Google is a shady friend

If you Google my mother’s name, you will discover that she died seven years ago, the victim of a horrifying crime.

I know this because my mother, the vibrant and very much alive Peggy Kostelnik, called me and told me so.

“Well, I’m dead,” she said and I asked her to explain.

It turns out a woman who shares my mom’s full name and nickname and state of birth was murdered dramatically. That it happened during a presidential election year and at the hands of someone who entered this country illegally made my mother’s Google search results particularly dramatic. 

Can you imagine Googling your name and discovering that you are dead?

Our pal Google is a shady, shady friend.

At once an indispensable resource and a shameless gossip, Google will invite you to a global party and then talk smack about you behind your back when you arrive.

I know this for sure.

And, still I value our relationship.

Thanks to Google, I know enough about axolotls to converse with a seven-year old who is obsessed with them.

I knew, because I Googled, that yesterday’s Packer game kicked off at 8:30 a.m. (and not 8 a.m. as I had been led to believe.)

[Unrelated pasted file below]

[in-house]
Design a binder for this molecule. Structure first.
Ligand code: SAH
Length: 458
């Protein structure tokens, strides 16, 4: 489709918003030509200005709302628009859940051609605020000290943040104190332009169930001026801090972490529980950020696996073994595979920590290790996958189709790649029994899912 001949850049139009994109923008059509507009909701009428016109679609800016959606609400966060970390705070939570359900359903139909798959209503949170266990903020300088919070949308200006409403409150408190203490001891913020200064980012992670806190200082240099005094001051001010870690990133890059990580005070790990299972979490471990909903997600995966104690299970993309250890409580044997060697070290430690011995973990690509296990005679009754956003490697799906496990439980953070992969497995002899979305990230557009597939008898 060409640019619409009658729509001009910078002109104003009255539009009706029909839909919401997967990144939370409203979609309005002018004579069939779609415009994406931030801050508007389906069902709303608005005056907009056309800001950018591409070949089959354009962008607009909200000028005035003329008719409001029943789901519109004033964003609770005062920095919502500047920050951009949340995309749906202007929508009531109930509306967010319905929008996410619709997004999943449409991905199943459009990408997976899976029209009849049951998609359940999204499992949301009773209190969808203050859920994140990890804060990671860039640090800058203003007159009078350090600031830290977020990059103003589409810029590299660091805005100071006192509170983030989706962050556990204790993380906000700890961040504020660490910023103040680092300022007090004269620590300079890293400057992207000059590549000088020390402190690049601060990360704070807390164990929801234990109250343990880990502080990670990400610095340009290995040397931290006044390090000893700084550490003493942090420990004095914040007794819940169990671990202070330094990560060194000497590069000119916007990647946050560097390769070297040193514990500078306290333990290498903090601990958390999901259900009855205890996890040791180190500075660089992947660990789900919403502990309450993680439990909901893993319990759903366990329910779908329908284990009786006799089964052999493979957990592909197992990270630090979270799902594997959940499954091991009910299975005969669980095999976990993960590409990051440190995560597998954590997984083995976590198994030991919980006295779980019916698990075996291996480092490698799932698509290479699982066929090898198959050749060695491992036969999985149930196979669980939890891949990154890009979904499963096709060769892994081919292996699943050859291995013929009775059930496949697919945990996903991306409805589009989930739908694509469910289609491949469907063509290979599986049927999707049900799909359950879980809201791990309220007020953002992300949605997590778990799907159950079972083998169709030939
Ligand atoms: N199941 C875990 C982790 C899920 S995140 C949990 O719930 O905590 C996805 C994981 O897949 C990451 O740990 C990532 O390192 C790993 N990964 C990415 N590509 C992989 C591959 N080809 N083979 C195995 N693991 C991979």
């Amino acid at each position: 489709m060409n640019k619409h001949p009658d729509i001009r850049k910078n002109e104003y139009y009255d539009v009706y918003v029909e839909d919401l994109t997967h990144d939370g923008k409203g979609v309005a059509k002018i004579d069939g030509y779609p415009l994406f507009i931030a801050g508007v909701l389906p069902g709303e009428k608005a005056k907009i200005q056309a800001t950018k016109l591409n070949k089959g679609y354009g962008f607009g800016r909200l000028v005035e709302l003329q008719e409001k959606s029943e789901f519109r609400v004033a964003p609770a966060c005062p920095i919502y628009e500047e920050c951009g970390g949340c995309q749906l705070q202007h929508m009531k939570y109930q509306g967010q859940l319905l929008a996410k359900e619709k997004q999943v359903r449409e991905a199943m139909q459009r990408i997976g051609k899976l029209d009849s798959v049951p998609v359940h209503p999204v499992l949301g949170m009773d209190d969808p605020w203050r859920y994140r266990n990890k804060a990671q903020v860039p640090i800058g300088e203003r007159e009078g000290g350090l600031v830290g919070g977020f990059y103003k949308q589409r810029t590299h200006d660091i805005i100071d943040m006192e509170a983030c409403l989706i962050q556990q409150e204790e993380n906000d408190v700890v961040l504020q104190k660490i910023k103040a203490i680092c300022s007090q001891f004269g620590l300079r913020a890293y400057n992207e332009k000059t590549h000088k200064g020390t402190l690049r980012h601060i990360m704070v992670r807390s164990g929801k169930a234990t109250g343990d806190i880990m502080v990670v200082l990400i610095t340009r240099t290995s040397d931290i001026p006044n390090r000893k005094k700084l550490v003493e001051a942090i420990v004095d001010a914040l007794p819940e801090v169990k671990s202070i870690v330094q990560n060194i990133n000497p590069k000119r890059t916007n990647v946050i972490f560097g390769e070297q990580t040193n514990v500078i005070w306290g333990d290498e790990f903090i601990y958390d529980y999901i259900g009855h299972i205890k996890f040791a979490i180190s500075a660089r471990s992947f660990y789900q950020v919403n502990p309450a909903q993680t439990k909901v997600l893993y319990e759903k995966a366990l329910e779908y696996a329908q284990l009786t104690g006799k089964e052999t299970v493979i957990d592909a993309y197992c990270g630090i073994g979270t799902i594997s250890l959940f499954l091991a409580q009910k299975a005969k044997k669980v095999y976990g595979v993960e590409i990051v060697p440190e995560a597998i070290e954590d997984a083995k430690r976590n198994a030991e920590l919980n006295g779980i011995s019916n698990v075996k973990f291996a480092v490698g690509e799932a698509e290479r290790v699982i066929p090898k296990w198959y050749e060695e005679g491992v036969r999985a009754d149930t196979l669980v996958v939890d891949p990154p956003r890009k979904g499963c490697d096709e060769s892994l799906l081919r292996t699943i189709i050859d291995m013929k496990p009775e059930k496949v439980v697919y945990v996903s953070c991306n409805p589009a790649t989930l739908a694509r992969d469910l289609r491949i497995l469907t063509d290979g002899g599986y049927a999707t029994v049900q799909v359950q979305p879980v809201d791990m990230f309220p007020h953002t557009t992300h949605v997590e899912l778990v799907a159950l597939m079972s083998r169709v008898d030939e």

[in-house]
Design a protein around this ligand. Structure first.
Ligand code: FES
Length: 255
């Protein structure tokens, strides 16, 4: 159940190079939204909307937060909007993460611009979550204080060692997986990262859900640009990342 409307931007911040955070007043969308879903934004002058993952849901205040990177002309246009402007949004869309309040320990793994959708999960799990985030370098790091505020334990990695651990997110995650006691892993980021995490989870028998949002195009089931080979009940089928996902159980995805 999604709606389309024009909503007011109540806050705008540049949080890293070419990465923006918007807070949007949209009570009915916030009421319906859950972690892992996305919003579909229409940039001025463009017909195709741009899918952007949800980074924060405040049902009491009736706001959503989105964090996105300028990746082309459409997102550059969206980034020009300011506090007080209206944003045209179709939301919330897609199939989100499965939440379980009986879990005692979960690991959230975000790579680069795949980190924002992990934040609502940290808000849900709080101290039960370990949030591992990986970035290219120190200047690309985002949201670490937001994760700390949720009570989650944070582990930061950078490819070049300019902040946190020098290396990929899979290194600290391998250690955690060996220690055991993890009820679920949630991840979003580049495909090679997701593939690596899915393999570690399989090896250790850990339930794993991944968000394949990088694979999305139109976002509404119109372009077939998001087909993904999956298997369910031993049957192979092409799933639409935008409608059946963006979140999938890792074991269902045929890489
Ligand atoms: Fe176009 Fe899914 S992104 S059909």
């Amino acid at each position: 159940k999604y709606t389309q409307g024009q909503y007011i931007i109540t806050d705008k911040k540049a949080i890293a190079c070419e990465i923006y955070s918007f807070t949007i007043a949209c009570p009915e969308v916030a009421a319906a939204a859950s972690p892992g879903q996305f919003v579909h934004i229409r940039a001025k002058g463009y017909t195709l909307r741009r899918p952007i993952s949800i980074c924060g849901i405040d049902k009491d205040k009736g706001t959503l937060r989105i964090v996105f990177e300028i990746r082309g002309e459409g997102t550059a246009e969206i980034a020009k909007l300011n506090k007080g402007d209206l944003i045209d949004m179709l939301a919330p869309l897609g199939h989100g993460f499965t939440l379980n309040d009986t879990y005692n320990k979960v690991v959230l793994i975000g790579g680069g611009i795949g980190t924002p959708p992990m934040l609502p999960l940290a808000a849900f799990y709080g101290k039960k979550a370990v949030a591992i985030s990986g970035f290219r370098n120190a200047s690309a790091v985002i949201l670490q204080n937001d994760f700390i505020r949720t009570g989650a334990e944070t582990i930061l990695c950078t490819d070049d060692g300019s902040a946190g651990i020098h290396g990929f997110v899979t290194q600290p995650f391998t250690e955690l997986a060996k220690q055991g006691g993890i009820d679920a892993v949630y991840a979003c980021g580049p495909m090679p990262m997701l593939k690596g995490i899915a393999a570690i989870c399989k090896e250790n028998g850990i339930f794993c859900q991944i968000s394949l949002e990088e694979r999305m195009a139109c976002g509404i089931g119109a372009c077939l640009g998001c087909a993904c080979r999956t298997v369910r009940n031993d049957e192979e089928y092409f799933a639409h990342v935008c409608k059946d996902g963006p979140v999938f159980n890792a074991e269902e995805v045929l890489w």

I have relied on Google maps more times than I care to admit.

I use Google Images all the time when I am curious about what I’ve just photographed.

I Google recipes when I’m hungry, which is often several times a day.

I heard “Don’t give up on us baby” yesterday on the 70s on 7 channel and immediately Googled David Soul. Yes, he is still alive. No, he didn’t write that song. Yes he went to jail just like you vaguely remember.

I am a grateful Google One member and store all my photos there.

Google is there for me every time I swipe.

But, I don’t trust Google and neither should you.

Google isn’t always fair to the people it tracks. It isn’t always accurate and it can give you a false sense of confidence in your own general knowledge. 

Check your sources, man.

Google can lead you astray.

I wasn’t sure what artwork to use with this post, so I played around with this. And, now I’m kind of curious what my friend Google is going to do with this piece.